Launching a startup isn't that easy though. It's not always easy to measure progress, which can get pretty discouraging. It helps to be able to visualize the journey because you know there's an end in sight.
Startups don't work that way though. You have to be flexible and willing to pivot. You can't be sensitive to criticism, or unwilling to change.
You also have to balance that with keeping your vision and being tuning out the noise and opinions of others.
Basically listening to everything and nothing at the same time. Easy, right?
During the most stressful times is when my internal "Impostor" starts dropping seeds of self-doubt, frustration, and fear:
"If you were really serious about Food Tribe, you'd be pursuing it full-time."
"You don't have the background or expertise to make Food Tribe a profitable company, capable of generating recurring revenue."
"Ending hunger? Who do you think you are?"
What makes dealing with the "Impostor" so tough is separating him who I know that I am: confident, motivated, intelligent, and resourceful.
I've learned that by including friends and family on my journey, has been the best way of keeping the Impostor at bay.
Celebrating little wins with others - filming a web show, completing an accelerator, getting Food Tribe's first feature - helps remind me that while I may not have conquered the world today, there's always tomorrow.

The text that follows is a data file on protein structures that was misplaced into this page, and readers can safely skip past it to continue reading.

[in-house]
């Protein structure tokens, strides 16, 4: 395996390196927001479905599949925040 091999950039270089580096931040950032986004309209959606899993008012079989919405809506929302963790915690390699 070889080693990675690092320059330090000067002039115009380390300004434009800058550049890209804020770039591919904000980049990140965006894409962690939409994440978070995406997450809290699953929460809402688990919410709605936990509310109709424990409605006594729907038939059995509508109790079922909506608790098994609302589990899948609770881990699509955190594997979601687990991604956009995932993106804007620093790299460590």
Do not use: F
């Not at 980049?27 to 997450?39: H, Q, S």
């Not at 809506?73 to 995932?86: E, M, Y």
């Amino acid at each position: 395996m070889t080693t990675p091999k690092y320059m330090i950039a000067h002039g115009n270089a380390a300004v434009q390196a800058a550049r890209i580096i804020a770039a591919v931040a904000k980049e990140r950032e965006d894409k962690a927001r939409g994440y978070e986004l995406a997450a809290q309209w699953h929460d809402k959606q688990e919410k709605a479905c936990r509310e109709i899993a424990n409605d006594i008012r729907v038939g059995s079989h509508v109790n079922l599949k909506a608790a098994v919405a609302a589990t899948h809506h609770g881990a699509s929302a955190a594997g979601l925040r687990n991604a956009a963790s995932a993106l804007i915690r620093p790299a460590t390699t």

.... random right?
Last weekend was my first weekend participating with Ruckus Projects. As a quick reminder, Ruckus Projects is a community of innovators looking to make social impact in conjunction with Impact Hub LA. The 3 month program groups me with 13 REALLY smart people with the hope that by coming together, our respective visions will come to life through a spirit of support, accountability, and helpful feedback.
This weekend, was an experience. We hung out all day on Saturday at the Impact Hub co-working space in the DTLA Arts District. It was great getting to know everyone/their ideas as well as identifying important lessons and ways to prepare for getting our ideas out.
One of the lessons of the day involved the power of asking. We were split into groups and given a paperclip with a simple task: trade your way up in an hour and see what you can come back with.
Through a series of trades, we worked our way up to $80 worth of gift cards. Remember, we started with one paperclip, and we didn't know any of the people we made deals with. Trades involved deals for matchsticks, safety pins, pencil sharpeners, candy, you name it.
What I Learned:
1. People are willing to help you, just ask
2. Your Perception of an item/service/things value doesn't always match up to someone else's (one of our last trades involved the gift cards in exchange for a pencil sharpener - our trade buddy was more interested in clearing out wallet space!)
3. Sometimes, you just gotta wing it. You're not always going to know what you're doing, but what's the worst that could happen?
Ruckus Projects is a 3 month program designed to help social entrepreneurs get their product out. They provide meeting space, mentor-ship, community, and valuable relationships.
Working with Ruckus is going to be a challenge, but I'm looking forward to the opportunity.
Here's to 2016!